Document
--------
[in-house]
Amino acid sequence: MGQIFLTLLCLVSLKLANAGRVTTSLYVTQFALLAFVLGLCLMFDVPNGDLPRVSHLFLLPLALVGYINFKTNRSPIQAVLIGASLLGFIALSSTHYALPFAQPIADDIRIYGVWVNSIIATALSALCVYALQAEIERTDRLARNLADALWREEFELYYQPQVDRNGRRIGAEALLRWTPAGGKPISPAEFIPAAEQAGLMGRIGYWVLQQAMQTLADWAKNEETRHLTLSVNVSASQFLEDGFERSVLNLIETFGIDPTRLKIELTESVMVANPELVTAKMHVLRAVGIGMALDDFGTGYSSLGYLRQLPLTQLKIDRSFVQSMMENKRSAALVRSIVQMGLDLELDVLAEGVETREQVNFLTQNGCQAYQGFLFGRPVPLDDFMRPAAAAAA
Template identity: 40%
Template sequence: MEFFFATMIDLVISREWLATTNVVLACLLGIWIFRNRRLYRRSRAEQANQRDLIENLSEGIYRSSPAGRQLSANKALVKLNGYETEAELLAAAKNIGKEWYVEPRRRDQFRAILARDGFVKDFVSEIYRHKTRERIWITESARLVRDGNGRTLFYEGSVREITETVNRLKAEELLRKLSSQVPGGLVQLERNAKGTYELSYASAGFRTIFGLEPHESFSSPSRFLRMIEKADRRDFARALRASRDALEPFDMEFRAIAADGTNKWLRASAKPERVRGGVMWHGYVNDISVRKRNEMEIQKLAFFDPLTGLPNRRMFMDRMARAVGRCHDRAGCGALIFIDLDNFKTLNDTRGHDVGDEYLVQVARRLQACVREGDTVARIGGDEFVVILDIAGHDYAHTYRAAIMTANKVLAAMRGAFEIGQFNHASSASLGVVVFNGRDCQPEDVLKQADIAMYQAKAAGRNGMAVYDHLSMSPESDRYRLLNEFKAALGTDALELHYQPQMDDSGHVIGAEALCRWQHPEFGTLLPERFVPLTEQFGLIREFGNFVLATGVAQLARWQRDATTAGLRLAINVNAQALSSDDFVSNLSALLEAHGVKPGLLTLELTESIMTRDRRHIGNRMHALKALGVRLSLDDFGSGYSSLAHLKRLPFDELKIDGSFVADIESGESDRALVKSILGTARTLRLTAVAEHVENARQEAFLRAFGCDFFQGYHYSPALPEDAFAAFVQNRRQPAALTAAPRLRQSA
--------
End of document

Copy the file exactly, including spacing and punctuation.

[in-house]
Amino acid sequence: MGQIFLTLLCLVSLKLANAGRVTTSLYVTQFALLAFVLGLCLMFDVPNGDLPRVSHLFLLPLALVGYINFKTNRSPIQAVLIGASLLGFIALSSTHYALPFAQPIADDIRIYGVWVNSIIATALSALCVYALQAEIERTDRLARNLADALWREEFELYYQPQVDRNGRRIGAEALLRWTPAGGKPISPAEFIPAAEQAGLMGRIGYWVLQQAMQTLADWAKNEETRHLTLSVNVSASQFLEDGFERSVLNLIETFGIDPTRLKIELTESVMVANPELVTAKMHVLRAVGIGMALDDFGTGYSSLGYLRQLPLTQLKIDRSFVQSMMENKRSAALVRSIVQMGLDLELDVLAEGVETREQVNFLTQNGCQAYQGFLFGRPVPLDDFMRPAAAAAA
Template identity: 40%
Template sequence: MEFFFATMIDLVISREWLATTNVVLACLLGIWIFRNRRLYRRSRAEQANQRDLIENLSEGIYRSSPAGRQLSANKALVKLNGYETEAELLAAAKNIGKEWYVEPRRRDQFRAILARDGFVKDFVSEIYRHKTRERIWITESARLVRDGNGRTLFYEGSVREITETVNRLKAEELLRKLSSQVPGGLVQLERNAKGTYELSYASAGFRTIFGLEPHESFSSPSRFLRMIEKADRRDFARALRASRDALEPFDMEFRAIAADGTNKWLRASAKPERVRGGVMWHGYVNDISVRKRNEMEIQKLAFFDPLTGLPNRRMFMDRMARAVGRCHDRAGCGALIFIDLDNFKTLNDTRGHDVGDEYLVQVARRLQACVREGDTVARIGGDEFVVILDIAGHDYAHTYRAAIMTANKVLAAMRGAFEIGQFNHASSASLGVVVFNGRDCQPEDVLKQADIAMYQAKAAGRNGMAVYDHLSMSPESDRYRLLNEFKAALGTDALELHYQPQMDDSGHVIGAEALCRWQHPEFGTLLPERFVPLTEQFGLIREFGNFVLATGVAQLARWQRDATTAGLRLAINVNAQALSSDDFVSNLSALLEAHGVKPGLLTLELTESIMTRDRRHIGNRMHALKALGVRLSLDDFGSGYSSLAHLKRLPFDELKIDGSFVADIESGESDRALVKSILGTARTLRLTAVAEHVENARQEAFLRAFGCDFFQGYHYSPALPEDAFAAFVQNRRQPAALTAAPRLRQSA